Monday, September 9, 2013

Don't Cross the Streams: Explaining the rising popularity of live streaming games

On Saturday, I hosted my first ever Twitch stream and played a few rounds of Team Fortress 2. Although I kept it relatively short, I felt that, all in all, it was a success. Naturally, I have areas which could be improved and would like to thank everyone for the high quality and constructive feedback they have provided. If you missed it, you can watch the whole thing through my Twitch channel or catch the condensed highlight real on YouTube. With this in mind, I thought I would discuss the phenomenon of live gaming streams, why I think it is becoming more popular, and where I think it is headed.

Types of Streaming
The advent of live streaming as gone hand in hand with the availability of reliable high speed internet. A decade ago, only a handful of people had the bandwidth to download quality multimedia at rates sufficient that the content could be watched automatically without it resembling a slide show with frayed audio cables and even fewer had the ability to output at acceptable speeds. Indeed, bandwidth requirements for transmitting and receiving live data have only become available in the past few years at affordable rates for most people. As such, live streaming is still in its infancy. That said, tech savvy gamers have embraced the medium in a myriad of ways and seem ever-poised to push the boundaries of what can be done on the internet. While live streaming has been embraced in non-gaming forms such as news reporting, conferencing, and teaching, today I wish to focus on how it has been employed in gaming.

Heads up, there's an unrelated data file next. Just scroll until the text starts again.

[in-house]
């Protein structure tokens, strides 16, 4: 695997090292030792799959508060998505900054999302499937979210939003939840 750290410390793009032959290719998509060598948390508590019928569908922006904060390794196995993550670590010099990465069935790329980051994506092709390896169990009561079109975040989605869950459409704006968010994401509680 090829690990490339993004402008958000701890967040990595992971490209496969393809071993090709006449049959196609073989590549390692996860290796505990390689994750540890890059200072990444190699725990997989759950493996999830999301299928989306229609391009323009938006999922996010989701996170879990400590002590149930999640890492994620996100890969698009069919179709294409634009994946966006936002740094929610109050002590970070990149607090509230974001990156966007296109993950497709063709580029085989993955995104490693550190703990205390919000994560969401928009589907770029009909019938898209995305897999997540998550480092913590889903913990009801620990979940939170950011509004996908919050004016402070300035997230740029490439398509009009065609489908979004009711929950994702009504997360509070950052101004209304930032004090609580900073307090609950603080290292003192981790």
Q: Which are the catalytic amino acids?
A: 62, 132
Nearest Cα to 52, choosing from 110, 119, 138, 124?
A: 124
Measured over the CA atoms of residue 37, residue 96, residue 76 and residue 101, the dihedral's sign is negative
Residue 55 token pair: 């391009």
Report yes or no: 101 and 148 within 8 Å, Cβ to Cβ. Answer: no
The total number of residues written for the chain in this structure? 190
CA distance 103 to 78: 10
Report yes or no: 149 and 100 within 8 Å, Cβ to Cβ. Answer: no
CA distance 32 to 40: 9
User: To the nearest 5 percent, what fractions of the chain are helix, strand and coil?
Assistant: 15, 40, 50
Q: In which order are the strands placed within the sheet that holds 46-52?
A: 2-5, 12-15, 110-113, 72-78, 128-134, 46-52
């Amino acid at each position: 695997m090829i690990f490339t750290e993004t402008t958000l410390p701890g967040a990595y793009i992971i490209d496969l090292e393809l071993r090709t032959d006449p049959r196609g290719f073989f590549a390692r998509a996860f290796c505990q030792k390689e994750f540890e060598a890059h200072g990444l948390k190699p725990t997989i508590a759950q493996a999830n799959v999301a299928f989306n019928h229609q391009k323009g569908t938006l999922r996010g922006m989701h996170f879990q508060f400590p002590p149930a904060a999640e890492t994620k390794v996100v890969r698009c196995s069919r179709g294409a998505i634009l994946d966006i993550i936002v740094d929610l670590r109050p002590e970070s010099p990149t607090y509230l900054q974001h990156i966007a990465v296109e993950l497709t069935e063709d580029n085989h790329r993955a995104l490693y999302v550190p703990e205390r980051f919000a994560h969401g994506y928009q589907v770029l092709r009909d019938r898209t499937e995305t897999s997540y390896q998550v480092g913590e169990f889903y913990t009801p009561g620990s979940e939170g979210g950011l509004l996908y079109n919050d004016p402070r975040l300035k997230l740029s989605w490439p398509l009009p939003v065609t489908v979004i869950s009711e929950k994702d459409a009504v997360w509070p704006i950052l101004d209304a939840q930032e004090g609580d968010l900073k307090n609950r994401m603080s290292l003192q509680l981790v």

Let’s Play
Perhaps the most common method of live streaming in gaming, let's plays are essentially a person playing a game while offering commentary. This was the form that my first Twitch stream took. Sometimes a group of players will broadcast together and occasionally one person will take over the commentary job while another drives the game. The content can range from unscripted gameplay to tutorials/hints. In any case, the fundamental notion playing a game with commentary is ubiquitous to let's plays.

Speed Runs
Unlike let's plays, speed runs typically feature a minimum of commentary with focus being placed almost entirely on the action on the screen. As the name implies, the general idea is to complete a game (or section thereof) in an expedient manner. Occasionally the player will have imposed restrictions (i.e. beating the game without picking up a power-up or with only using a particular weapon) to add a bit of flavour.

I have covered this fairly extensively in a few recent posts but this is the backbone of e-sports. The players are often unmiked and generally sequestered so that they cannot see the action (thus avoiding seeing an opponent's strategy) and the commentary is almost exclusively done by a non-player. 

Product Launches/Infomercials
A more recent trend with streaming has been streaming product launches. Generally this entails a few paid hosts playing the game interspersed with developer interviews and trailers. Usually these take place in the hours leading up the game's release in an effort to build hype. These broadcasts are more akin to a television show about games than the other types of streaming.

Why So Popular?